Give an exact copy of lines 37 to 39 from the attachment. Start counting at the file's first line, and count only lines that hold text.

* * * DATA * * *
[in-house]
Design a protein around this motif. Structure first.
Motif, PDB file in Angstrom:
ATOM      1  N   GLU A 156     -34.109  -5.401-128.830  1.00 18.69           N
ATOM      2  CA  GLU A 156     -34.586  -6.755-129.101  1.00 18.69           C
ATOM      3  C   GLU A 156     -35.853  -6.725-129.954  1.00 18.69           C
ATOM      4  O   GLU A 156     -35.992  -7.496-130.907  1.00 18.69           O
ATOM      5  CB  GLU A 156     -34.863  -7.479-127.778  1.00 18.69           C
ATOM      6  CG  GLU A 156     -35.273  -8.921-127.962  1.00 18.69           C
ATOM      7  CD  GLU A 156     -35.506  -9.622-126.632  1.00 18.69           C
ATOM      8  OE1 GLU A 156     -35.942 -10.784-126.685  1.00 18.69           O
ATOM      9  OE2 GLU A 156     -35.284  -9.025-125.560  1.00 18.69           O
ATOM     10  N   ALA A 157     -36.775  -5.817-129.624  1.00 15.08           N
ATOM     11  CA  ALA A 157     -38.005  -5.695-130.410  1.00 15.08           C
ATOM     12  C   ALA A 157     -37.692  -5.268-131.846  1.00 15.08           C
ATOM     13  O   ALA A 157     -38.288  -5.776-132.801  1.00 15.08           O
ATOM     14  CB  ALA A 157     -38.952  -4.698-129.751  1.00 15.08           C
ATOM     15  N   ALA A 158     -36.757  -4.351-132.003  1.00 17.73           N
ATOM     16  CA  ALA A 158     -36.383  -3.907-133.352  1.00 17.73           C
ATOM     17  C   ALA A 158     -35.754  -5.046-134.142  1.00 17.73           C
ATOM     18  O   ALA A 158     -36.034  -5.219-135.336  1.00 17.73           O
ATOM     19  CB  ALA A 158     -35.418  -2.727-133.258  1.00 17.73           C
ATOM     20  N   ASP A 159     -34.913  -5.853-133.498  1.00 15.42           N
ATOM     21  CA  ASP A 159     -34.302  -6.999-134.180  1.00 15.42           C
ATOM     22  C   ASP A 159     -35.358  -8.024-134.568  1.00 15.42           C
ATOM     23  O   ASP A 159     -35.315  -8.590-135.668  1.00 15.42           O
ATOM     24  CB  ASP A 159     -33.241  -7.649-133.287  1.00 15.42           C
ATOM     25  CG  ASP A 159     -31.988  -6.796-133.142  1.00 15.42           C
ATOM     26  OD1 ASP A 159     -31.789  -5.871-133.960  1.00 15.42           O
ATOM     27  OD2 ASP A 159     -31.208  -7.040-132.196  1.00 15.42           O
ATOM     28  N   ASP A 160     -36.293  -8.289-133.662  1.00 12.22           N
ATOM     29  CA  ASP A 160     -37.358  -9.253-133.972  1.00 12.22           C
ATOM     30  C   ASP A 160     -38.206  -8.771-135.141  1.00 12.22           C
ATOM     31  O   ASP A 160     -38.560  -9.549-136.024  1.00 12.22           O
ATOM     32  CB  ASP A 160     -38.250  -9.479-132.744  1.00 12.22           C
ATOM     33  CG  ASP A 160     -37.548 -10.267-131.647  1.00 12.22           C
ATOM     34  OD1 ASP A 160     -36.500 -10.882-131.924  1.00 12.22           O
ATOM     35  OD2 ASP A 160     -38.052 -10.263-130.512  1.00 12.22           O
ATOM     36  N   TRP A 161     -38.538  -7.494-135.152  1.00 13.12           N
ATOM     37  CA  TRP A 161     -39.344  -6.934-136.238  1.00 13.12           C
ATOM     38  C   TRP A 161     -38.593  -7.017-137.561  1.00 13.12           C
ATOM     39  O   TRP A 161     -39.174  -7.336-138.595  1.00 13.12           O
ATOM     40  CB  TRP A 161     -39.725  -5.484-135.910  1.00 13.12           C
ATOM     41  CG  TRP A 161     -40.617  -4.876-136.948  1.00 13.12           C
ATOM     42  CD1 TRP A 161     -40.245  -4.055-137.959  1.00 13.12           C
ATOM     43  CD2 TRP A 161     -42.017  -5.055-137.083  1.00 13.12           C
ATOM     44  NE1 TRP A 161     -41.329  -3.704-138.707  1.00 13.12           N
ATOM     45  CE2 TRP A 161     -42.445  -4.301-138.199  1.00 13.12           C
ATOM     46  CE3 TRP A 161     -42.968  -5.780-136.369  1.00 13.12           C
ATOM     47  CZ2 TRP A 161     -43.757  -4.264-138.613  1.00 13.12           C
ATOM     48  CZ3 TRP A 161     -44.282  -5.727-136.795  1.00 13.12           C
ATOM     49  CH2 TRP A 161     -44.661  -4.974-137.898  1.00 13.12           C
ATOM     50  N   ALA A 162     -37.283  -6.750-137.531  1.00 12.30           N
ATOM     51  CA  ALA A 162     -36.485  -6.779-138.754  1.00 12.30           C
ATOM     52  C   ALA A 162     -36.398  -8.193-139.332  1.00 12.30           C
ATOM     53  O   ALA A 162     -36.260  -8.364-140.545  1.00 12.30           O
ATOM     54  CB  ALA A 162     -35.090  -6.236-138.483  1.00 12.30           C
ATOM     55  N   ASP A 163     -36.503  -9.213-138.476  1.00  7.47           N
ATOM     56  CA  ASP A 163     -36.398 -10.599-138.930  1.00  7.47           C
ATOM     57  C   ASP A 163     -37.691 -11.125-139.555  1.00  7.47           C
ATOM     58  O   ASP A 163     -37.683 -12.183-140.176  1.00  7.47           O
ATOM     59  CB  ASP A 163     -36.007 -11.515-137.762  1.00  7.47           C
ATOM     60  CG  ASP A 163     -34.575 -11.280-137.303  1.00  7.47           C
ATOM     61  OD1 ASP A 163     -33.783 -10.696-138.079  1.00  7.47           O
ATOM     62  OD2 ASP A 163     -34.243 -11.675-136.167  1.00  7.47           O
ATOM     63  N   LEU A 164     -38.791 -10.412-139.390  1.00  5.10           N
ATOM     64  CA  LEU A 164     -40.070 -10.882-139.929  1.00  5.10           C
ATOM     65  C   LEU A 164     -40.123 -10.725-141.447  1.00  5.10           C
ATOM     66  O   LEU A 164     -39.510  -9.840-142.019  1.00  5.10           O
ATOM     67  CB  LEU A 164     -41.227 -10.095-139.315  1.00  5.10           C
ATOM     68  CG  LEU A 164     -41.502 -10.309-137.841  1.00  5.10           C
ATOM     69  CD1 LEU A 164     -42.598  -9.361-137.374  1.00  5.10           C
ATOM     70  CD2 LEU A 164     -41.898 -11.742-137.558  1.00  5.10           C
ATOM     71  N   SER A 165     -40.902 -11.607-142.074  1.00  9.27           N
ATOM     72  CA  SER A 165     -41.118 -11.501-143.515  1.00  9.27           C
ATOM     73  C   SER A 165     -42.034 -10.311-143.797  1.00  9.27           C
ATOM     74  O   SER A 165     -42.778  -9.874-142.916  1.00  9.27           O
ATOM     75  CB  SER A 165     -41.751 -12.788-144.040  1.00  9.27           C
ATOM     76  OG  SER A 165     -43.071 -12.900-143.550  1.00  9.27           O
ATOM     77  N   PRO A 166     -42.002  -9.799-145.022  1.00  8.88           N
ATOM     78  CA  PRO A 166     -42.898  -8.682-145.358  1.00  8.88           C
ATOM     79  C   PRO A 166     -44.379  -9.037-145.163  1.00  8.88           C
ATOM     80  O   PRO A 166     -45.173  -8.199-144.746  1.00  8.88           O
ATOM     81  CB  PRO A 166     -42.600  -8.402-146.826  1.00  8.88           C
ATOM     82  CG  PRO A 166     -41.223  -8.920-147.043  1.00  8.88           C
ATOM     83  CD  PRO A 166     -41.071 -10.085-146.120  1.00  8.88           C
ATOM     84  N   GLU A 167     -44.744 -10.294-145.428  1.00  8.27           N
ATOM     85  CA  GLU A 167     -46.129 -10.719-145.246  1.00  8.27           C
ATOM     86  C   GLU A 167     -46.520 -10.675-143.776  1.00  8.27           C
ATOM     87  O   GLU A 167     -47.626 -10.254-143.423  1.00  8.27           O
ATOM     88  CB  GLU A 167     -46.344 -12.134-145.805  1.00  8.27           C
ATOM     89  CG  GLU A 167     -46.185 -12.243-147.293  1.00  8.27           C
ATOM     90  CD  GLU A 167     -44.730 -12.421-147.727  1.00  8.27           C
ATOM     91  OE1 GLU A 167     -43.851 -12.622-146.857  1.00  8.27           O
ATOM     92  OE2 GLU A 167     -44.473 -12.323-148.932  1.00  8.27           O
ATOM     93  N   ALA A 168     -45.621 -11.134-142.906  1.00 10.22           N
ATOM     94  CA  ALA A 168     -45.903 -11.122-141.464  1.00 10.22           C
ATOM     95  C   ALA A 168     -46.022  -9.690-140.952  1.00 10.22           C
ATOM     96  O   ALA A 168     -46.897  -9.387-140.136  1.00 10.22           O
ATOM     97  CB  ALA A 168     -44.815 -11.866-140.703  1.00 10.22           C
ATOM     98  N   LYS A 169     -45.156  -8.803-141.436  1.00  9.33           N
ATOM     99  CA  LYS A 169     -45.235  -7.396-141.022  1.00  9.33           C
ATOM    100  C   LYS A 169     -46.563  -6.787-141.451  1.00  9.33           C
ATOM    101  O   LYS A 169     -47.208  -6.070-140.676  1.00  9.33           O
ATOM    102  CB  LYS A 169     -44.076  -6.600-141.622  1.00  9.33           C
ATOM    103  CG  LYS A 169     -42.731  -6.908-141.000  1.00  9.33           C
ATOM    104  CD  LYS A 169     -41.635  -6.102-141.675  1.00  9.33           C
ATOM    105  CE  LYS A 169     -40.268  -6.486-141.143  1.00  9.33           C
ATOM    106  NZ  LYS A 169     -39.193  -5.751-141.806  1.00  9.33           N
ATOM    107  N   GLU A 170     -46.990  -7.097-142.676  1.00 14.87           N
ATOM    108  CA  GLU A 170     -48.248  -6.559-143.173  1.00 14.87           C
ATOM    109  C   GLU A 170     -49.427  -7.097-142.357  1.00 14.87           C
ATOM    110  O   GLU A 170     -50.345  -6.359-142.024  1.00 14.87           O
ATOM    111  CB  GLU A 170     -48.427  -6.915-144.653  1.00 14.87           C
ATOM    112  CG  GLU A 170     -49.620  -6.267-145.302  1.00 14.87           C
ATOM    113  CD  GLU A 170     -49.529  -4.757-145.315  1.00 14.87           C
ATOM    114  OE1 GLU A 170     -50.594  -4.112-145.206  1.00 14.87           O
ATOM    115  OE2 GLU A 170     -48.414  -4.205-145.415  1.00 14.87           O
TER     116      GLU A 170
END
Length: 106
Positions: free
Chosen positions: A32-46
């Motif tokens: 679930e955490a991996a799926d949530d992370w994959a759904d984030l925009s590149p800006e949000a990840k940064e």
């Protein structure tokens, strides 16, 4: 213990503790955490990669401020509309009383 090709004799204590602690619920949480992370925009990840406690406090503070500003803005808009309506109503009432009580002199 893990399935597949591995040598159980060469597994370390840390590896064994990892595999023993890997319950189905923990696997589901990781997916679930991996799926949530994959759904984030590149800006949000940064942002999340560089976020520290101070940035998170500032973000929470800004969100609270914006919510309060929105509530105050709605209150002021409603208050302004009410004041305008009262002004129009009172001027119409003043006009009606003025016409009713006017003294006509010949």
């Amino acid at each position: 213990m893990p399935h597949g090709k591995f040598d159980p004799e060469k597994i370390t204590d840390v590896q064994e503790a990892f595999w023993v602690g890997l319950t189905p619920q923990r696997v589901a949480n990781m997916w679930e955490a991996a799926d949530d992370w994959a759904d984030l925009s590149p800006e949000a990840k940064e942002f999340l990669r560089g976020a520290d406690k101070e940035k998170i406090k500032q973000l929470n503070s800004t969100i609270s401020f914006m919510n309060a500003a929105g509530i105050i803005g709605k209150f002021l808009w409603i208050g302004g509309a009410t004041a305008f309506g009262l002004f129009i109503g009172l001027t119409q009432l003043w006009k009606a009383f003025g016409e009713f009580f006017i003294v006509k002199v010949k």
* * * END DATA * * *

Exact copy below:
ATOM     34  OD1 ASP A 160     -36.500 -10.882-131.924  1.00 12.22           O
ATOM     35  OD2 ASP A 160     -38.052 -10.263-130.512  1.00 12.22           O
ATOM     36  N   TRP A 161     -38.538  -7.494-135.152  1.00 13.12           N